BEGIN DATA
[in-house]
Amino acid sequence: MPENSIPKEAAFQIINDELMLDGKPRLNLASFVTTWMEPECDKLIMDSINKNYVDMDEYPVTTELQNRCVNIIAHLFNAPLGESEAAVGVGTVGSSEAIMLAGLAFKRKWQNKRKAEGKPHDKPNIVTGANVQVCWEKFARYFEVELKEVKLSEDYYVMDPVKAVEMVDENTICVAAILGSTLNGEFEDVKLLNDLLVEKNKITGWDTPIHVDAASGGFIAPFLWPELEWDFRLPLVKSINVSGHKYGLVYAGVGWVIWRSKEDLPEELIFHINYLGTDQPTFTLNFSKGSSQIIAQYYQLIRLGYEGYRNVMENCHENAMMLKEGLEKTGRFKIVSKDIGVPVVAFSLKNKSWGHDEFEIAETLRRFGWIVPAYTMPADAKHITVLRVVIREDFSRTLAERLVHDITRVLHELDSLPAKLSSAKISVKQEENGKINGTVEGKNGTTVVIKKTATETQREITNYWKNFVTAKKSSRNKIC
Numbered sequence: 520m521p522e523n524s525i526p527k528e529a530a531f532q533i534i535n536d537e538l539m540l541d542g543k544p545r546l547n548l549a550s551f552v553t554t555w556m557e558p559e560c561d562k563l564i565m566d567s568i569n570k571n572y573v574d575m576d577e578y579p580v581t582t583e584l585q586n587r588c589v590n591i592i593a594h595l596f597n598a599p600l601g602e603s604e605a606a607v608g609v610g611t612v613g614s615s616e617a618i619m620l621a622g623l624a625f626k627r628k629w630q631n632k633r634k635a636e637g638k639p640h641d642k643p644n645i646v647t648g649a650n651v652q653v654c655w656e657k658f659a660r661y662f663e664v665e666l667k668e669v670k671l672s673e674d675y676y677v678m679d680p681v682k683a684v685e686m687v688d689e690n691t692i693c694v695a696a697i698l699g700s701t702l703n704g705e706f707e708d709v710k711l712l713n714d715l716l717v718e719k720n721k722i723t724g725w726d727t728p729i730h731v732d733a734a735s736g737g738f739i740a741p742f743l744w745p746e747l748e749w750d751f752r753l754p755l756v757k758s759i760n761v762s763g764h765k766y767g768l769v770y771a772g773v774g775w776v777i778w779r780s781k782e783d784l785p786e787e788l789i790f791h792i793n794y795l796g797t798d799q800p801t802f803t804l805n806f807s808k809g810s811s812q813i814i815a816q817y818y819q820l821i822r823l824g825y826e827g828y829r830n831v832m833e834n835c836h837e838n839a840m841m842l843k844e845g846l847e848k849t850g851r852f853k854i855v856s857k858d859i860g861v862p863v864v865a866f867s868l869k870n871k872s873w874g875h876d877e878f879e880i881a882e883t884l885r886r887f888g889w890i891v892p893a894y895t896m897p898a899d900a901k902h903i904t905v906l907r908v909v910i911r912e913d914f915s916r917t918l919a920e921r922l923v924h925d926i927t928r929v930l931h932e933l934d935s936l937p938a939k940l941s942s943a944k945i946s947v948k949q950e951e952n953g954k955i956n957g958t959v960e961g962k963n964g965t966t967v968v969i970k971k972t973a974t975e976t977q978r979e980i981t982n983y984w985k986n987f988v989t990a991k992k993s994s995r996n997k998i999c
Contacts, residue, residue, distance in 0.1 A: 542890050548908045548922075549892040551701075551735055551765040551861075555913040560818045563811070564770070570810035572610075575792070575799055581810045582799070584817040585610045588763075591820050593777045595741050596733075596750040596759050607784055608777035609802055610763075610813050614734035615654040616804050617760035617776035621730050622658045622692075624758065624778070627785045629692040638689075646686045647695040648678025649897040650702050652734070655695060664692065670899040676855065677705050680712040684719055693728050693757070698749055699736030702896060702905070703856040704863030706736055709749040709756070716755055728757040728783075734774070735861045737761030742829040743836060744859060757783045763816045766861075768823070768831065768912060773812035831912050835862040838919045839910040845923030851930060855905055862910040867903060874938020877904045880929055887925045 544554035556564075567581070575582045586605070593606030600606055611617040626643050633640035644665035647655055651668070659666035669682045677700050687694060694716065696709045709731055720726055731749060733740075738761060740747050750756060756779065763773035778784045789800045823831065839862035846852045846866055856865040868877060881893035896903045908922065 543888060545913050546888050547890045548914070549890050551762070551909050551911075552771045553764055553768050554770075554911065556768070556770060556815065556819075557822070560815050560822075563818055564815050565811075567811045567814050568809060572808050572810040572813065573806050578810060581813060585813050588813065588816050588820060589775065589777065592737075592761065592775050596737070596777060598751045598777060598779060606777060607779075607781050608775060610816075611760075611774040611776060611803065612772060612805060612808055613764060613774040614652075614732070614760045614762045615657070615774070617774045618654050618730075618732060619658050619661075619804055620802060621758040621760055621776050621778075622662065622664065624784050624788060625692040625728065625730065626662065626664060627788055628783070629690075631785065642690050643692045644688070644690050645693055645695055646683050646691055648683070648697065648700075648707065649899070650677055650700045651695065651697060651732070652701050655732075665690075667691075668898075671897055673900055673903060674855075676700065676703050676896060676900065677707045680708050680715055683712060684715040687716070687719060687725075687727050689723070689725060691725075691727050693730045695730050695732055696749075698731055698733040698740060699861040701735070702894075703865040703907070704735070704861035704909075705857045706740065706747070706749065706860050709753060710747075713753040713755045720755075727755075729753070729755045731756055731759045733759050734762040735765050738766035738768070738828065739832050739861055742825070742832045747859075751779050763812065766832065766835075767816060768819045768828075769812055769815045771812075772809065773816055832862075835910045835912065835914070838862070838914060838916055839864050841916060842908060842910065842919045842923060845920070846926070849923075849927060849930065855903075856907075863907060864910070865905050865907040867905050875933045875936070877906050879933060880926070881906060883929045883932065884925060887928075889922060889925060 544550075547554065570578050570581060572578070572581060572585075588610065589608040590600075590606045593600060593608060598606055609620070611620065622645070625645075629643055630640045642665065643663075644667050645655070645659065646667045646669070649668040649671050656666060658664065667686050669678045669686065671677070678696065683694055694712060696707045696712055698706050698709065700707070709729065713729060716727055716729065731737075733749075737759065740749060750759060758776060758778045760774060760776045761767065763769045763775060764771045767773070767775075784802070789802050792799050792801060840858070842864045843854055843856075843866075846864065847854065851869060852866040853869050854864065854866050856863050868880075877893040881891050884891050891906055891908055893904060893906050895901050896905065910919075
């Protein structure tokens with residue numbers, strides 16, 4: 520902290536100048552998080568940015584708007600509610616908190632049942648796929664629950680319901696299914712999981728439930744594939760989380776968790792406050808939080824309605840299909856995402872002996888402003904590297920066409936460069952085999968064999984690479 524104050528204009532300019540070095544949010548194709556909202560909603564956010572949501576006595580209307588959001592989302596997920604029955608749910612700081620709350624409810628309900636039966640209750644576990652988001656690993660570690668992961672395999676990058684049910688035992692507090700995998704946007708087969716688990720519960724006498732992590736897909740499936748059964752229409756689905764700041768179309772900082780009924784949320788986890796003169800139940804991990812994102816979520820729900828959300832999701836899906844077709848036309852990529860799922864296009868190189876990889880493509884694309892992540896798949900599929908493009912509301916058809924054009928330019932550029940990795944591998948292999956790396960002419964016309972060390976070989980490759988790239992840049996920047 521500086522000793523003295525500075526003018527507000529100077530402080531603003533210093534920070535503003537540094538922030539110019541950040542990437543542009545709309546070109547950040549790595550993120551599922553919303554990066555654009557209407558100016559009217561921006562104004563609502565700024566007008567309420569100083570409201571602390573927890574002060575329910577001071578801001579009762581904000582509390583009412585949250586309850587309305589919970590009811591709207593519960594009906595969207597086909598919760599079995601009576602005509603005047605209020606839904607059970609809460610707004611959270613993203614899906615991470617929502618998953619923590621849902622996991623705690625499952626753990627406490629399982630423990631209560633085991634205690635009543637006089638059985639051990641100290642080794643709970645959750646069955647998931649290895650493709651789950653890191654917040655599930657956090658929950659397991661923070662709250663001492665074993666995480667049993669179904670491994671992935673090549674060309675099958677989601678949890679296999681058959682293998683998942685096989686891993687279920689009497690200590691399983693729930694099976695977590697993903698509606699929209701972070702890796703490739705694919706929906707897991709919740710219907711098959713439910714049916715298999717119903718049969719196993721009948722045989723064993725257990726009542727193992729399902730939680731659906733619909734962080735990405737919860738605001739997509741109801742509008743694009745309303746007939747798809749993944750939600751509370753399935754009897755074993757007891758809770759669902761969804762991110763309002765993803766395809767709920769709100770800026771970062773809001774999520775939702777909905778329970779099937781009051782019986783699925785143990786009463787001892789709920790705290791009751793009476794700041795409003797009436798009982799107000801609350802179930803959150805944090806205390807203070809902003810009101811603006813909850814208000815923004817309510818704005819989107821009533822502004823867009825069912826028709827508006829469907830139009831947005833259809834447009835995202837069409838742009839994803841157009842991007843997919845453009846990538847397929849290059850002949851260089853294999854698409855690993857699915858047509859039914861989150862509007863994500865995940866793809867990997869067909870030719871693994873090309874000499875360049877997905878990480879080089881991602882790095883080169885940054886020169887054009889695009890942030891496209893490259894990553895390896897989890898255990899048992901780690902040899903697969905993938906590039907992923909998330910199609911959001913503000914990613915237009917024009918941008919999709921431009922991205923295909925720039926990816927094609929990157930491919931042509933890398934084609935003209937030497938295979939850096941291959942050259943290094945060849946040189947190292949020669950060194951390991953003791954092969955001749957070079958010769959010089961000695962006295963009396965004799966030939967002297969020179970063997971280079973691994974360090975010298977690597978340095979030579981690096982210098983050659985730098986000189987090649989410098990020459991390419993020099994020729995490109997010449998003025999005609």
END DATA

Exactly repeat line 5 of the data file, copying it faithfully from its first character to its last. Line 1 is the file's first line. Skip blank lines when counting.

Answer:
């Protein structure tokens with residue numbers, strides 16, 4: 520902290536100048552998080568940015584708007600509610616908190632049942648796929664629950680319901696299914712999981728439930744594939760989380776968790792406050808939080824309605840299909856995402872002996888402003904590297920066409936460069952085999968064999984690479 524104050528204009532300019540070095544949010548194709556909202560909603564956010572949501576006595580209307588959001592989302596997920604029955608749910612700081620709350624409810628309900636039966640209750644576990652988001656690993660570690668992961672395999676990058684049910688035992692507090700995998704946007708087969716688990720519960724006498732992590736897909740499936748059964752229409756689905764700041768179309772900082780009924784949320788986890796003169800139940804991990812994102816979520820729900828959300832999701836899906844077709848036309852990529860799922864296009868190189876990889880493509884694309892992540896798949900599929908493009912509301916058809924054009928330019932550029940990795944591998948292999956790396960002419964016309972060390976070989980490759988790239992840049996920047 521500086522000793523003295525500075526003018527507000529100077530402080531603003533210093534920070535503003537540094538922030539110019541950040542990437543542009545709309546070109547950040549790595550993120551599922553919303554990066555654009557209407558100016559009217561921006562104004563609502565700024566007008567309420569100083570409201571602390573927890574002060575329910577001071578801001579009762581904000582509390583009412585949250586309850587309305589919970590009811591709207593519960594009906595969207597086909598919760599079995601009576602005509603005047605209020606839904607059970609809460610707004611959270613993203614899906615991470617929502618998953619923590621849902622996991623705690625499952626753990627406490629399982630423990631209560633085991634205690635009543637006089638059985639051990641100290642080794643709970645959750646069955647998931649290895650493709651789950653890191654917040655599930657956090658929950659397991661923070662709250663001492665074993666995480667049993669179904670491994671992935673090549674060309675099958677989601678949890679296999681058959682293998683998942685096989686891993687279920689009497690200590691399983693729930694099976695977590697993903698509606699929209701972070702890796703490739705694919706929906707897991709919740710219907711098959713439910714049916715298999717119903718049969719196993721009948722045989723064993725257990726009542727193992729399902730939680731659906733619909734962080735990405737919860738605001739997509741109801742509008743694009745309303746007939747798809749993944750939600751509370753399935754009897755074993757007891758809770759669902761969804762991110763309002765993803766395809767709920769709100770800026771970062773809001774999520775939702777909905778329970779099937781009051782019986783699925785143990786009463787001892789709920790705290791009751793009476794700041795409003797009436798009982799107000801609350802179930803959150805944090806205390807203070809902003810009101811603006813909850814208000815923004817309510818704005819989107821009533822502004823867009825069912826028709827508006829469907830139009831947005833259809834447009835995202837069409838742009839994803841157009842991007843997919845453009846990538847397929849290059850002949851260089853294999854698409855690993857699915858047509859039914861989150862509007863994500865995940866793809867990997869067909870030719871693994873090309874000499875360049877997905878990480879080089881991602882790095883080169885940054886020169887054009889695009890942030891496209893490259894990553895390896897989890898255990899048992901780690902040899903697969905993938906590039907992923909998330910199609911959001913503000914990613915237009917024009918941008919999709921431009922991205923295909925720039926990816927094609929990157930491919931042509933890398934084609935003209937030497938295979939850096941291959942050259943290094945060849946040189947190292949020669950060194951390991953003791954092969955001749957070079958010769959010089961000695962006295963009396965004799966030939967002297969020179970063997971280079973691994974360090975010298977690597978340095979030579981690096982210098983050659985730098986000189987090649989410098990020459991390419993020099994020729995490109997010449998003025999005609």